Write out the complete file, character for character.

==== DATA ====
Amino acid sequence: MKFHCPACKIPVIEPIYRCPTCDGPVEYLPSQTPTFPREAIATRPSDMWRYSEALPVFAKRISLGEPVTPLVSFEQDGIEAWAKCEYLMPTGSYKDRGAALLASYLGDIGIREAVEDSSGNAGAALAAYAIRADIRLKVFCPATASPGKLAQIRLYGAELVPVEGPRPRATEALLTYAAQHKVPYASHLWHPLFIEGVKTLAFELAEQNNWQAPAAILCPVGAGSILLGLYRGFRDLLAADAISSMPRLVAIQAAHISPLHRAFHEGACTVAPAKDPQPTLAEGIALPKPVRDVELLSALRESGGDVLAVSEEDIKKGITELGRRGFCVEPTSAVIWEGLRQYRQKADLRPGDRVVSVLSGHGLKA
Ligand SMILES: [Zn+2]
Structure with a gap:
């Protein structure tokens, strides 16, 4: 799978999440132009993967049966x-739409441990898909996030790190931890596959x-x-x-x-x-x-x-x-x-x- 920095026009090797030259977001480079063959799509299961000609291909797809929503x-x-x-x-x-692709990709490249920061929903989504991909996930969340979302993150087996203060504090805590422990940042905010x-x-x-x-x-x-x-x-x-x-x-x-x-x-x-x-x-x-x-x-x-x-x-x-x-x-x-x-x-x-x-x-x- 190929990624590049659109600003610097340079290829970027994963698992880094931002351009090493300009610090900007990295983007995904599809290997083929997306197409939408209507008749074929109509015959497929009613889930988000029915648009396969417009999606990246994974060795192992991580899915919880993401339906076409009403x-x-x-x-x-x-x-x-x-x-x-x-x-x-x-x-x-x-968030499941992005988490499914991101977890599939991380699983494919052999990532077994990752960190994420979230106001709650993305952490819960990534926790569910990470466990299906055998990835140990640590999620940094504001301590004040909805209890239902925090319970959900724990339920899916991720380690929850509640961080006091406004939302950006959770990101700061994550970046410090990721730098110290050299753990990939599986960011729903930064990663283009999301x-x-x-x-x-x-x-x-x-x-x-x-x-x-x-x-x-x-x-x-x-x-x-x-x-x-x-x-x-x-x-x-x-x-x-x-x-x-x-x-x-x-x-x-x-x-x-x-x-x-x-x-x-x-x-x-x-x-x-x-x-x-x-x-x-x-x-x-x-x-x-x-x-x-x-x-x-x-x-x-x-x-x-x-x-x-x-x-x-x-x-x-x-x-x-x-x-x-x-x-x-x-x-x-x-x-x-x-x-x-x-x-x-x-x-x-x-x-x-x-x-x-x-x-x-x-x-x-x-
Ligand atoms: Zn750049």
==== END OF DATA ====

Amino acid sequence: MKFHCPACKIPVIEPIYRCPTCDGPVEYLPSQTPTFPREAIATRPSDMWRYSEALPVFAKRISLGEPVTPLVSFEQDGIEAWAKCEYLMPTGSYKDRGAALLASYLGDIGIREAVEDSSGNAGAALAAYAIRADIRLKVFCPATASPGKLAQIRLYGAELVPVEGPRPRATEALLTYAAQHKVPYASHLWHPLFIEGVKTLAFELAEQNNWQAPAAILCPVGAGSILLGLYRGFRDLLAADAISSMPRLVAIQAAHISPLHRAFHEGACTVAPAKDPQPTLAEGIALPKPVRDVELLSALRESGGDVLAVSEEDIKKGITELGRRGFCVEPTSAVIWEGLRQYRQKADLRPGDRVVSVLSGHGLKA
Ligand SMILES: [Zn+2]
Structure with a gap:
């Protein structure tokens, strides 16, 4: 799978999440132009993967049966x-739409441990898909996030790190931890596959x-x-x-x-x-x-x-x-x-x- 920095026009090797030259977001480079063959799509299961000609291909797809929503x-x-x-x-x-692709990709490249920061929903989504991909996930969340979302993150087996203060504090805590422990940042905010x-x-x-x-x-x-x-x-x-x-x-x-x-x-x-x-x-x-x-x-x-x-x-x-x-x-x-x-x-x-x-x-x- 190929990624590049659109600003610097340079290829970027994963698992880094931002351009090493300009610090900007990295983007995904599809290997083929997306197409939408209507008749074929109509015959497929009613889930988000029915648009396969417009999606990246994974060795192992991580899915919880993401339906076409009403x-x-x-x-x-x-x-x-x-x-x-x-x-x-x-x-x-x-968030499941992005988490499914991101977890599939991380699983494919052999990532077994990752960190994420979230106001709650993305952490819960990534926790569910990470466990299906055998990835140990640590999620940094504001301590004040909805209890239902925090319970959900724990339920899916991720380690929850509640961080006091406004939302950006959770990101700061994550970046410090990721730098110290050299753990990939599986960011729903930064990663283009999301x-x-x-x-x-x-x-x-x-x-x-x-x-x-x-x-x-x-x-x-x-x-x-x-x-x-x-x-x-x-x-x-x-x-x-x-x-x-x-x-x-x-x-x-x-x-x-x-x-x-x-x-x-x-x-x-x-x-x-x-x-x-x-x-x-x-x-x-x-x-x-x-x-x-x-x-x-x-x-x-x-x-x-x-x-x-x-x-x-x-x-x-x-x-x-x-x-x-x-x-x-x-x-x-x-x-x-x-x-x-x-x-x-x-x-x-x-x-x-x-x-x-x-x-x-x-x-x-x-
Ligand atoms: Zn750049």